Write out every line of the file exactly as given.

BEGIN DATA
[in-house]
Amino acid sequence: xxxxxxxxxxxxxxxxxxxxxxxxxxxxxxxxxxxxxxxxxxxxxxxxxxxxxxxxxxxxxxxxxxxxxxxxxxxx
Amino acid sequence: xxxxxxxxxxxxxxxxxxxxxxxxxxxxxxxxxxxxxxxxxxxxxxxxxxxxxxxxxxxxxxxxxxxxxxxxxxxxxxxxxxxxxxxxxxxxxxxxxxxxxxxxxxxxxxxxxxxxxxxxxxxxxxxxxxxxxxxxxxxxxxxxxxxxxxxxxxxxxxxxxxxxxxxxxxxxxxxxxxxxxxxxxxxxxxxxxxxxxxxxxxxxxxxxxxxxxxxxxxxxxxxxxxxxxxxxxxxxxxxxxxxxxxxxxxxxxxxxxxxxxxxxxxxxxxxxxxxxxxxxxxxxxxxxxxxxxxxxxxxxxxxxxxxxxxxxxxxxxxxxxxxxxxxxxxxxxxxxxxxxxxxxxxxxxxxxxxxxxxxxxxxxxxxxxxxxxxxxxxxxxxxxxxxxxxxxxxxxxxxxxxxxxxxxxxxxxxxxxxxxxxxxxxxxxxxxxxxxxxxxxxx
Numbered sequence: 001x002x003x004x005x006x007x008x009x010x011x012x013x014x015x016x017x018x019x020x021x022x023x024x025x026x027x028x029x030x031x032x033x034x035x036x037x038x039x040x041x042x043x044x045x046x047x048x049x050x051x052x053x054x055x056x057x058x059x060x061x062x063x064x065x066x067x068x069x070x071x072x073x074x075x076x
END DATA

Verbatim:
[in-house]
Amino acid sequence: xxxxxxxxxxxxxxxxxxxxxxxxxxxxxxxxxxxxxxxxxxxxxxxxxxxxxxxxxxxxxxxxxxxxxxxxxxxx
Amino acid sequence: xxxxxxxxxxxxxxxxxxxxxxxxxxxxxxxxxxxxxxxxxxxxxxxxxxxxxxxxxxxxxxxxxxxxxxxxxxxxxxxxxxxxxxxxxxxxxxxxxxxxxxxxxxxxxxxxxxxxxxxxxxxxxxxxxxxxxxxxxxxxxxxxxxxxxxxxxxxxxxxxxxxxxxxxxxxxxxxxxxxxxxxxxxxxxxxxxxxxxxxxxxxxxxxxxxxxxxxxxxxxxxxxxxxxxxxxxxxxxxxxxxxxxxxxxxxxxxxxxxxxxxxxxxxxxxxxxxxxxxxxxxxxxxxxxxxxxxxxxxxxxxxxxxxxxxxxxxxxxxxxxxxxxxxxxxxxxxxxxxxxxxxxxxxxxxxxxxxxxxxxxxxxxxxxxxxxxxxxxxxxxxxxxxxxxxxxxxxxxxxxxxxxxxxxxxxxxxxxxxxxxxxxxxxxxxxxxxxxxxxxxxx
Numbered sequence: 001x002x003x004x005x006x007x008x009x010x011x012x013x014x015x016x017x018x019x020x021x022x023x024x025x026x027x028x029x030x031x032x033x034x035x036x037x038x039x040x041x042x043x044x045x046x047x048x049x050x051x052x053x054x055x056x057x058x059x060x061x062x063x064x065x066x067x068x069x070x071x072x073x074x075x076x